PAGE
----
The Lion that Squeaked
As Khartoum holds its collective breath for the warrant for the President’s arrest we all know is coming on Wednesday (the ICC said as much with its Kafka-esque announcement this week that it will make an announcement next week), it is worth revisiting the basis for the Court’s jurisdiction in the first place. As Sarah Nouwen pointed out in these pages some months ago the arrest warrant will be, under international law, enforceable only by the Government of Sudan.
This anomaly arises out of the terms of UN Security Council Resolution 1593 by which the Court was empowered to act in relation to Darfur. That resolution failed to so much as request States other than Sudan to cooperate with the Court. As it happens, even a “requests“ (to use the arcane Resolution-speak) would not be enough to authorize any country other than Sudan to enforce a warrant against the President: nothing short of an obligation (a “requires“ to use arcane Resolution-speak) would suffice to trump head of state immunity vis-í -vis other states. If Al-Bashir turns up at the next General Assembly in New York – as well he could – bundling him on a plane to The Hague would be the most extraordinary rendition.
It is instructive to note that the defect in 1593 was born of US fear of the ICC: the hard-won resolution conceded that “States not party to the Rome Statute have no obligation under the Statute”. How things have changed when in recent deliberations among the veto-wielding 5 permanent members of the Security Council, the US – even under the Bush administration – was the most trenchant opponent of taking any steps that would seemingly undermine or politicize the Court.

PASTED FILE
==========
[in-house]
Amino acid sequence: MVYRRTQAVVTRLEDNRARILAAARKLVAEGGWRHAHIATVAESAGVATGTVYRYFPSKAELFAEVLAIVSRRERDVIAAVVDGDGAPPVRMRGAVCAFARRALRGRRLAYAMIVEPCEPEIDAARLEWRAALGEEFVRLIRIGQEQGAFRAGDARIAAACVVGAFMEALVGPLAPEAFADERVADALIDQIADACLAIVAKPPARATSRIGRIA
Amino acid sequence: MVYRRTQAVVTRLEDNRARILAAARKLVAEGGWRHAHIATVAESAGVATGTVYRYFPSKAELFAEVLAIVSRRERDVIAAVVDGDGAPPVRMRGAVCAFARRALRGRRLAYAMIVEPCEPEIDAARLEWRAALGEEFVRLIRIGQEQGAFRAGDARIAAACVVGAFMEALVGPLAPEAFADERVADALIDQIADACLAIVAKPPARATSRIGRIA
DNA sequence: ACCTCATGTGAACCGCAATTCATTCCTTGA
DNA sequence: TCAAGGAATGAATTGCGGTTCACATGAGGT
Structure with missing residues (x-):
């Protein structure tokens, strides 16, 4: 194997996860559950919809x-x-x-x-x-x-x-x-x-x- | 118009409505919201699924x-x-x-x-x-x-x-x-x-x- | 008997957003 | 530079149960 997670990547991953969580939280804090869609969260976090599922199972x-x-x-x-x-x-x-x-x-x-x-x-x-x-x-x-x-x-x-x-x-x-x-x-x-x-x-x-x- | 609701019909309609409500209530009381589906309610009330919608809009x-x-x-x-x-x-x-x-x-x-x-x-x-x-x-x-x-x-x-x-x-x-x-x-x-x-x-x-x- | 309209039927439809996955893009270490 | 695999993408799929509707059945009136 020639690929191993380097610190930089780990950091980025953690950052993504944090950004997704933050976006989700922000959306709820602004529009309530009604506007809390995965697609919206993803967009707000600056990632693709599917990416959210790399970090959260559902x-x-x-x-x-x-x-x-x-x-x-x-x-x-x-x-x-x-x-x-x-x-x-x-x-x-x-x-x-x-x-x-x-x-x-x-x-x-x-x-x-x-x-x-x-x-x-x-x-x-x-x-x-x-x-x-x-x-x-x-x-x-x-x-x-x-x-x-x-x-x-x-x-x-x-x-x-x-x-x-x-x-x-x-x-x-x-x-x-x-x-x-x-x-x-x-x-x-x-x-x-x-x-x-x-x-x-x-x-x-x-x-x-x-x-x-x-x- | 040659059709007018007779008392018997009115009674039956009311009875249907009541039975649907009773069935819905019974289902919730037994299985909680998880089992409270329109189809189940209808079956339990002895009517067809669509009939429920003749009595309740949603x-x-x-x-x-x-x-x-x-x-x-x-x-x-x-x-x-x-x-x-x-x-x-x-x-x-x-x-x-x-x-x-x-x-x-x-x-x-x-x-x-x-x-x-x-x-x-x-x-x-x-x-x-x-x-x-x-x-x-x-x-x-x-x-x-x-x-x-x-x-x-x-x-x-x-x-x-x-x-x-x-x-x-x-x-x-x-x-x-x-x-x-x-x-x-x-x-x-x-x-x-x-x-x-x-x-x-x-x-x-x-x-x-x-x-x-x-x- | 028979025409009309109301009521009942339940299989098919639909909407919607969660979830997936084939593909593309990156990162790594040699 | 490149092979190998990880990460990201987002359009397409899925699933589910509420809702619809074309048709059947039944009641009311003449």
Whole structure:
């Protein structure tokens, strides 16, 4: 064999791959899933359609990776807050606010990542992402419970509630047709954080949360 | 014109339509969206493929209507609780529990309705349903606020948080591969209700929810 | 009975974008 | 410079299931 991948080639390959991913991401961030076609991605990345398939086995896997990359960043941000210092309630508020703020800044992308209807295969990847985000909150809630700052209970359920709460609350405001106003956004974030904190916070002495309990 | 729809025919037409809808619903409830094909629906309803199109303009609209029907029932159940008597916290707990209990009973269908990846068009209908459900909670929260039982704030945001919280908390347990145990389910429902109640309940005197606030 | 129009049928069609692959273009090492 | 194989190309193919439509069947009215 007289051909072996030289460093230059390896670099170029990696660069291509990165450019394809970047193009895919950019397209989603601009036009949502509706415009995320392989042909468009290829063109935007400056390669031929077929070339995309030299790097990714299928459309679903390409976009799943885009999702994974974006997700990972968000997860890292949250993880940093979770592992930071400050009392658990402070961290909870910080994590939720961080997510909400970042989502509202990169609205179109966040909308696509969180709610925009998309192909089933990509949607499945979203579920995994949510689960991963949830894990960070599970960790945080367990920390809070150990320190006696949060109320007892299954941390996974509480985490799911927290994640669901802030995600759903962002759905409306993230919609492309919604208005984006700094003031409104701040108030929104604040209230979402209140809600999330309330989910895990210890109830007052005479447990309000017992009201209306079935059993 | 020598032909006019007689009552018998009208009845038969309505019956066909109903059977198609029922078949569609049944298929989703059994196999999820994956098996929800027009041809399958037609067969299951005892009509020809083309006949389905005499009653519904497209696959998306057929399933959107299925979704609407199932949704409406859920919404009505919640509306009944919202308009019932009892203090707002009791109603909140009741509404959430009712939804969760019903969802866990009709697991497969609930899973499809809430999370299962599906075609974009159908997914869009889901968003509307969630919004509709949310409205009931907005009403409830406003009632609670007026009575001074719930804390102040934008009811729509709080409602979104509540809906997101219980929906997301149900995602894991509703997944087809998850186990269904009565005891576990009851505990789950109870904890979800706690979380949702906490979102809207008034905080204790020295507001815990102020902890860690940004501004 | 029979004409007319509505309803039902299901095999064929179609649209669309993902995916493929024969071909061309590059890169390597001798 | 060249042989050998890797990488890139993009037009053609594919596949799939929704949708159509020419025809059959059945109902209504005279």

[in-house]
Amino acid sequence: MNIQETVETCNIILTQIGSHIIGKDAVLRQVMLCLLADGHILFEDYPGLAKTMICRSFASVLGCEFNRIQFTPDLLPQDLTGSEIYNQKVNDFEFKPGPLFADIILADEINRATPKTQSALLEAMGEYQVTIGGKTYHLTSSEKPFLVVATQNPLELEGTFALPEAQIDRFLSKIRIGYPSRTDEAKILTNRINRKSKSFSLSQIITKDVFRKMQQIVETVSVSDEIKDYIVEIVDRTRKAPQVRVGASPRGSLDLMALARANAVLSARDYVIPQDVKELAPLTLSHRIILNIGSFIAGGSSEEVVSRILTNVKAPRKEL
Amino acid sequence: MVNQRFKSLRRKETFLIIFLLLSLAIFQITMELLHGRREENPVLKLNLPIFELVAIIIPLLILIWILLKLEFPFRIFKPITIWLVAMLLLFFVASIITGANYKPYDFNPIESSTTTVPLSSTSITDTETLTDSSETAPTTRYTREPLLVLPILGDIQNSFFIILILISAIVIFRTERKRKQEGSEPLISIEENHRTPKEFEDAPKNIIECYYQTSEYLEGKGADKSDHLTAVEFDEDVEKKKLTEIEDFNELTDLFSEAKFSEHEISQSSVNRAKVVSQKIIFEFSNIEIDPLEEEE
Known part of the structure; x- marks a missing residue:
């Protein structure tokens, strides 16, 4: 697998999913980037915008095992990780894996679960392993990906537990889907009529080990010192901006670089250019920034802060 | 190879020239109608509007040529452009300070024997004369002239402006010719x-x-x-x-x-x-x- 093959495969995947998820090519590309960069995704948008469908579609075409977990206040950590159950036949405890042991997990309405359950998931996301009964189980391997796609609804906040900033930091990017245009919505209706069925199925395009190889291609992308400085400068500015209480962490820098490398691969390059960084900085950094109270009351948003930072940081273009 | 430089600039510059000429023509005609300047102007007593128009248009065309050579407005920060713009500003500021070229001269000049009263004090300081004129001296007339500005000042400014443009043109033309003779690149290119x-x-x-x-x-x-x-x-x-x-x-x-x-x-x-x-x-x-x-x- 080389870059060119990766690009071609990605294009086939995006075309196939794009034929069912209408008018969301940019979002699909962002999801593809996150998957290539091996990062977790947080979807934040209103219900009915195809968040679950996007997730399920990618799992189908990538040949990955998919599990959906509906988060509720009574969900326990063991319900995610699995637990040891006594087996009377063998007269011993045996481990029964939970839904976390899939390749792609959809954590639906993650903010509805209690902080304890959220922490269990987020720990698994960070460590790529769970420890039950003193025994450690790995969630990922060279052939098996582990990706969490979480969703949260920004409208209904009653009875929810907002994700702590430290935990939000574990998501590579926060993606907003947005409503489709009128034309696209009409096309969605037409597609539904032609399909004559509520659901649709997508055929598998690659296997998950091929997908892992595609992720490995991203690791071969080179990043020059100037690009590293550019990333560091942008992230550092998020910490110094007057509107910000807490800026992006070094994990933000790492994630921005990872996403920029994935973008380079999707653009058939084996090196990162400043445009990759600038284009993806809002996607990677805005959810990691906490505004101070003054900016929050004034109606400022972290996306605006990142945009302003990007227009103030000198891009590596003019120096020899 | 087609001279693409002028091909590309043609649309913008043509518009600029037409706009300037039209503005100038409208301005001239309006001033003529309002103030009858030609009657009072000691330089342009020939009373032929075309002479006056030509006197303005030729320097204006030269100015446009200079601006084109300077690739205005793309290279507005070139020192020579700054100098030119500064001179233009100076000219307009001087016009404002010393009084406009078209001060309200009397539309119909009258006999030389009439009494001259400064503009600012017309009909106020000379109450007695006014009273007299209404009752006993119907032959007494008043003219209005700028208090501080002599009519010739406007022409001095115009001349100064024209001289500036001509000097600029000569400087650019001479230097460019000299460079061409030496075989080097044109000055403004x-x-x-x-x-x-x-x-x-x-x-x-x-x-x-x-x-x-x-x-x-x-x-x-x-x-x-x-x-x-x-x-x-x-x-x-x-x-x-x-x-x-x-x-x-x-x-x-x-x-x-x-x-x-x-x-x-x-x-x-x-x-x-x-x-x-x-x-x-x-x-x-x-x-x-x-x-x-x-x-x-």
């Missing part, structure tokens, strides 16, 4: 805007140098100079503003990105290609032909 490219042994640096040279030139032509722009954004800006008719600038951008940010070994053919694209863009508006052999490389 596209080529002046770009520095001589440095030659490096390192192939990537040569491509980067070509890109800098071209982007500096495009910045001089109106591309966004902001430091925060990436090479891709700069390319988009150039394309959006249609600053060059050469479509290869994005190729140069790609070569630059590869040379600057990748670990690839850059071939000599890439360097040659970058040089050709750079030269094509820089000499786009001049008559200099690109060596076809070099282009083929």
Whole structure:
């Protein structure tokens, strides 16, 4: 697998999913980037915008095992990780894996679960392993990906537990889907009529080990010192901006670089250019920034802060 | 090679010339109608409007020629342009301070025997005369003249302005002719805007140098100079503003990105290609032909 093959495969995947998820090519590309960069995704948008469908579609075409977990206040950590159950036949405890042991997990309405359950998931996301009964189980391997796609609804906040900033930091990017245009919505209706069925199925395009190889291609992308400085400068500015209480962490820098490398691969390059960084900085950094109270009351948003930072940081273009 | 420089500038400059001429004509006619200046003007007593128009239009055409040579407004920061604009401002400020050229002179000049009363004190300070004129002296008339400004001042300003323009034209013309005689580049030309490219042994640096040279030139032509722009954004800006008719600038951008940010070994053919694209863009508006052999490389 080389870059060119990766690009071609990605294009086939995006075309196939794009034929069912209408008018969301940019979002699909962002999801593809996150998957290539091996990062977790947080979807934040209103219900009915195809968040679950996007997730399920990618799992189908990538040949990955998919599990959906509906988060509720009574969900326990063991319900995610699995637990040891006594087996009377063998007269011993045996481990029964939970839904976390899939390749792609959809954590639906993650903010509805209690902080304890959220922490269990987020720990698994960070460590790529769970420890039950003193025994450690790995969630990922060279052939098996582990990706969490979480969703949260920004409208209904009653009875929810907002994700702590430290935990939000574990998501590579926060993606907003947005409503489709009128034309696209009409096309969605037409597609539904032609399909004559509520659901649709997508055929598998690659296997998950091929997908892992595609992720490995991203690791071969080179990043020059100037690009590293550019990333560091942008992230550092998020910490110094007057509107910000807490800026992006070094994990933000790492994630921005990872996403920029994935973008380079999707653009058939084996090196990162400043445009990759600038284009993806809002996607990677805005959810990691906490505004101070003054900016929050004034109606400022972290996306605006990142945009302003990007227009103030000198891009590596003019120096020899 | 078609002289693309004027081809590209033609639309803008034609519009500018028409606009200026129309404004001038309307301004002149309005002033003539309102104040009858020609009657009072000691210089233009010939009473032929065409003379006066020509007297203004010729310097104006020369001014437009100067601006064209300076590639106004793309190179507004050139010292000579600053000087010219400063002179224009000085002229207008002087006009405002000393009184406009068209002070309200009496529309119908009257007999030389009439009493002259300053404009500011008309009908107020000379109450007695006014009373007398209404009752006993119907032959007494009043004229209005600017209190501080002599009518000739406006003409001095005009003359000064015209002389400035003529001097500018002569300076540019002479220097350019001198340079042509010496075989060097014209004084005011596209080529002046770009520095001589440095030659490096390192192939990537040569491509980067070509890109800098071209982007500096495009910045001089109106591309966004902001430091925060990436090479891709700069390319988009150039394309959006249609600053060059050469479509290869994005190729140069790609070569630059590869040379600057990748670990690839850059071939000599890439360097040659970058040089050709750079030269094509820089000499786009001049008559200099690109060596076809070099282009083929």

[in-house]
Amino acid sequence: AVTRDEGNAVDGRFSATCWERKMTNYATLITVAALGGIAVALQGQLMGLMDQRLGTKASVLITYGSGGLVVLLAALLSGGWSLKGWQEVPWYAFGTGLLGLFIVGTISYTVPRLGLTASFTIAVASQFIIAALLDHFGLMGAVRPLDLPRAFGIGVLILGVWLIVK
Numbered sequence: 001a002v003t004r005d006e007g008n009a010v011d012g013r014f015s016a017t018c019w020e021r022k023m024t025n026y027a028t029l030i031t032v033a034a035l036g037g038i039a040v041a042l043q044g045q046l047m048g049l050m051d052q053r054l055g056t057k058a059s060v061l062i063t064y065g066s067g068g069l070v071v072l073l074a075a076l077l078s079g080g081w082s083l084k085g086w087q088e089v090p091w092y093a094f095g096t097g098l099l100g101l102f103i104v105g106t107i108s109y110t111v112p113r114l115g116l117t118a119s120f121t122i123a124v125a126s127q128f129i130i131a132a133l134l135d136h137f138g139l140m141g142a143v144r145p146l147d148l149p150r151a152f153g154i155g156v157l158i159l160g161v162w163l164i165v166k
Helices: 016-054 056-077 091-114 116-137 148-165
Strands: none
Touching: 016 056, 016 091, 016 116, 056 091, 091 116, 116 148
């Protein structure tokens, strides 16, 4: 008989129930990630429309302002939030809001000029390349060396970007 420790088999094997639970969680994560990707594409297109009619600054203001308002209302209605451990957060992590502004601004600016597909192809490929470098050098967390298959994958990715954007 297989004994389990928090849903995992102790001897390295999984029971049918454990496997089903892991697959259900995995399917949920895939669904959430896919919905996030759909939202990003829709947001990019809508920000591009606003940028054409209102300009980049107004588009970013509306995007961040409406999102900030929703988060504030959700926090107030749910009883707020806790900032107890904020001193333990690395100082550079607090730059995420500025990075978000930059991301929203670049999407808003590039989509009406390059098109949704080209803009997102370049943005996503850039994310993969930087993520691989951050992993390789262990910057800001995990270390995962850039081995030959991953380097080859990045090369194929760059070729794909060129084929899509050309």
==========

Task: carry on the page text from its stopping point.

And yet revisiting Resolution 1593 we also find that, right at the outset, in:
“Recalling article 16 of the Rome Statute under which no investigation or prosecution may be commenced or proceeded with by the International Criminal Court for a period of 12 months after a Security Council request to that effect”
the Security Council sent a clear message that what the Lord giveth, the Lord taketh away. And no bad thing that is too: in a final resolution of the tiresome “peace vs. justice” debate, the dynamic of open ended referral and time-limited deferral gave the opportunity for a delicate sequencing of the two essential processes. But few now recall that recalling, conveniently claiming that deferral would politicize the ICC. A peculiar argument, particularly when it comes from those who had no such moral qualms when lobbying for referral in the first place.
This new-found distaste for meddling with justice has the unfortunate consequence that nobody – and no Body – is empowered to take into account the interests of peace and security. The Rome Statute of the ICC – by quite sensibly contracting-out that responsibility to the Security Council – denies that power to any other organ of the Court. And so once the interests of justice are engaged the ICC engine trundles along on its pre-determined tracks, with no effective buffers in place.
Perhaps this calls for a recalibrating of the Rome Statute. Or perhaps the Security Council should take more seriously its role in maintaining peace and security – particularly where its own actions have set off processes which might threaten those two interests. Either way, all this uncertainty and shirking of responsibility for the sake of a legally unenforceable arrest warrant betrays a troubling lack of coherence in the international response to Sudan and Darfur.